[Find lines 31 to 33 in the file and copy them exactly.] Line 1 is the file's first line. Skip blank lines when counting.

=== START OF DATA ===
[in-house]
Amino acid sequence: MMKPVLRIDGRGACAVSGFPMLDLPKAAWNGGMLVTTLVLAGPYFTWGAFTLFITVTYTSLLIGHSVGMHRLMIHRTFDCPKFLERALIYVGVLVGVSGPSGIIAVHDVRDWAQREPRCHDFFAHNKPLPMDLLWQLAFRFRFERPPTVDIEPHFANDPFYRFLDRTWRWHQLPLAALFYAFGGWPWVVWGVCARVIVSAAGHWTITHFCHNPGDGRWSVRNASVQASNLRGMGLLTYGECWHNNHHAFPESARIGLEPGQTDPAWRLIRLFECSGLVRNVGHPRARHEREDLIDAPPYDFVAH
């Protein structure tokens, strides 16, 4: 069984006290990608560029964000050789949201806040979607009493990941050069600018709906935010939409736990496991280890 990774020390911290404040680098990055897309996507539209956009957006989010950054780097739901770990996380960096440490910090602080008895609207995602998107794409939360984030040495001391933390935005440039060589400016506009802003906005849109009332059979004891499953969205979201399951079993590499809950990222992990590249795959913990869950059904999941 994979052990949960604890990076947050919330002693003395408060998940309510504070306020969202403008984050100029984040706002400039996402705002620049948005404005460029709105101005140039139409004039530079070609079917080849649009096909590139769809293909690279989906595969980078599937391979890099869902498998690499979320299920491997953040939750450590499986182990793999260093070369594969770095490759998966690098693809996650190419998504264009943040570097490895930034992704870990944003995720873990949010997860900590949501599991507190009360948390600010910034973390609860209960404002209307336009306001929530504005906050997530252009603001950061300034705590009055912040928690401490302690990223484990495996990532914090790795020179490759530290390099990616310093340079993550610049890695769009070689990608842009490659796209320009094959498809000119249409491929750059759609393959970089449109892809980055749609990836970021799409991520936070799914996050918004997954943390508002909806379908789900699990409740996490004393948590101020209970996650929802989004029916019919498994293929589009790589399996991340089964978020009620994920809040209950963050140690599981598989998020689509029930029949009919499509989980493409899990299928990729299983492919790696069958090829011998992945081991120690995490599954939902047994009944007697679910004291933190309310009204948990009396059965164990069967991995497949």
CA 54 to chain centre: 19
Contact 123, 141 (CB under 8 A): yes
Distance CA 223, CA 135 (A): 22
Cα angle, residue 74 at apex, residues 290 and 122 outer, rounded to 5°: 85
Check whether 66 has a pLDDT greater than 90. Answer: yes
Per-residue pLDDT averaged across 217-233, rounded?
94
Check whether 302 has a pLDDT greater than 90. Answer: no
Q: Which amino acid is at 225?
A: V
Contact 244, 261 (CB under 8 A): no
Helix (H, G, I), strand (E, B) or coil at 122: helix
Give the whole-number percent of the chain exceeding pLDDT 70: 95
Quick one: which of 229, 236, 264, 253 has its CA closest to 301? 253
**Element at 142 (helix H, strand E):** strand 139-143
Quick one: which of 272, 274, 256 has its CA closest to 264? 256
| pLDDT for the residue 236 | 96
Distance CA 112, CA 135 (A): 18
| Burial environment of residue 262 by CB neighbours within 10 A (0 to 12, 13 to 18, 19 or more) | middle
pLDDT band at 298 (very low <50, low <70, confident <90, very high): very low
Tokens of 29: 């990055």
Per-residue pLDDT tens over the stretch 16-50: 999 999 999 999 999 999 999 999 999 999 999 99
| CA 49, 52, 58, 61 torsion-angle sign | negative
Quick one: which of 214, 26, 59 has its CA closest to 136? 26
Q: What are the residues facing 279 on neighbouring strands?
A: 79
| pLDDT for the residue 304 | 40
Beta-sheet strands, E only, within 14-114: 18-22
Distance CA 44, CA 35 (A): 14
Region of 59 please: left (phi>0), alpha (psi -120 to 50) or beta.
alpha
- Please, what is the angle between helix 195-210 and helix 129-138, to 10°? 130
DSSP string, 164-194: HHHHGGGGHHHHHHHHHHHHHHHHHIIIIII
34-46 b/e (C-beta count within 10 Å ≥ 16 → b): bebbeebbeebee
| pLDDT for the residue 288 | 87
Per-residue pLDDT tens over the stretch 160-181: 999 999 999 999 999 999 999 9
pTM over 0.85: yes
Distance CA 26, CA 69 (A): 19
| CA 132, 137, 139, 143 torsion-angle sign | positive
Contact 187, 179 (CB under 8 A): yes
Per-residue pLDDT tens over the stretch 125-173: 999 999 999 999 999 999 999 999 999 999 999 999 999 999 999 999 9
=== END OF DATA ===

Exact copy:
Beta-sheet strands, E only, within 14-114: 18-22
Distance CA 44, CA 35 (A): 14
Region of 59 please: left (phi>0), alpha (psi -120 to 50) or beta.